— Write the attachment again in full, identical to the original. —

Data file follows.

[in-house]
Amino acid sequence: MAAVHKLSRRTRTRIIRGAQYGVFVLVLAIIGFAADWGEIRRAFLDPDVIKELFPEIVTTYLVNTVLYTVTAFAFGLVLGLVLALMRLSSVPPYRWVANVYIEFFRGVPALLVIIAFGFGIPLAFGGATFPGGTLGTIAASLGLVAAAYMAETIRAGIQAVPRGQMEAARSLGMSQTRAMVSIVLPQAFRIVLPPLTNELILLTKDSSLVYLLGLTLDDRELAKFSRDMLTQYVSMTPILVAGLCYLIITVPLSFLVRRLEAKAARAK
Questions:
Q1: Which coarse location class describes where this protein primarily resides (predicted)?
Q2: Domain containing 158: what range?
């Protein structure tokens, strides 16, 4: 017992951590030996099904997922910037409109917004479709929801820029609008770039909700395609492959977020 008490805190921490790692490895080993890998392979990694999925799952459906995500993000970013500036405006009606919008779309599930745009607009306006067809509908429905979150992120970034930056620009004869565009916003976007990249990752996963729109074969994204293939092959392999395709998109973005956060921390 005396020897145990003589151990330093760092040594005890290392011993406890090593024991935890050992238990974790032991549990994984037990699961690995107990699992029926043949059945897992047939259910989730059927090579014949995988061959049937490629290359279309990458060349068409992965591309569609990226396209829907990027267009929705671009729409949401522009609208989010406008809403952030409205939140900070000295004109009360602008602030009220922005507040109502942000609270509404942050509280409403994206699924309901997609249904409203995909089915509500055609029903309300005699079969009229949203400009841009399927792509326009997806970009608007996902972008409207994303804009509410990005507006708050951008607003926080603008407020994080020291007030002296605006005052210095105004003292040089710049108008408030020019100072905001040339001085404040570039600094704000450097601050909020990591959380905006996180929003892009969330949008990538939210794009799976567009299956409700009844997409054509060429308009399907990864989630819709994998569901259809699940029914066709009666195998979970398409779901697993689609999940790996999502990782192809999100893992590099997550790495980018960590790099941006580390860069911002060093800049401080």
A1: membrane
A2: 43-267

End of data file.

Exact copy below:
[in-house]
Amino acid sequence: MAAVHKLSRRTRTRIIRGAQYGVFVLVLAIIGFAADWGEIRRAFLDPDVIKELFPEIVTTYLVNTVLYTVTAFAFGLVLGLVLALMRLSSVPPYRWVANVYIEFFRGVPALLVIIAFGFGIPLAFGGATFPGGTLGTIAASLGLVAAAYMAETIRAGIQAVPRGQMEAARSLGMSQTRAMVSIVLPQAFRIVLPPLTNELILLTKDSSLVYLLGLTLDDRELAKFSRDMLTQYVSMTPILVAGLCYLIITVPLSFLVRRLEAKAARAK
Questions:
Q1: Which coarse location class describes where this protein primarily resides (predicted)?
Q2: Domain containing 158: what range?
């Protein structure tokens, strides 16, 4: 017992951590030996099904997922910037409109917004479709929801820029609008770039909700395609492959977020 008490805190921490790692490895080993890998392979990694999925799952459906995500993000970013500036405006009606919008779309599930745009607009306006067809509908429905979150992120970034930056620009004869565009916003976007990249990752996963729109074969994204293939092959392999395709998109973005956060921390 005396020897145990003589151990330093760092040594005890290392011993406890090593024991935890050992238990974790032991549990994984037990699961690995107990699992029926043949059945897992047939259910989730059927090579014949995988061959049937490629290359279309990458060349068409992965591309569609990226396209829907990027267009929705671009729409949401522009609208989010406008809403952030409205939140900070000295004109009360602008602030009220922005507040109502942000609270509404942050509280409403994206699924309901997609249904409203995909089915509500055609029903309300005699079969009229949203400009841009399927792509326009997806970009608007996902972008409207994303804009509410990005507006708050951008607003926080603008407020994080020291007030002296605006005052210095105004003292040089710049108008408030020019100072905001040339001085404040570039600094704000450097601050909020990591959380905006996180929003892009969330949008990538939210794009799976567009299956409700009844997409054509060429308009399907990864989630819709994998569901259809699940029914066709009666195998979970398409779901697993689609999940790996999502990782192809999100893992590099997550790495980018960590790099941006580390860069911002060093800049401080």
A1: membrane
A2: 43-267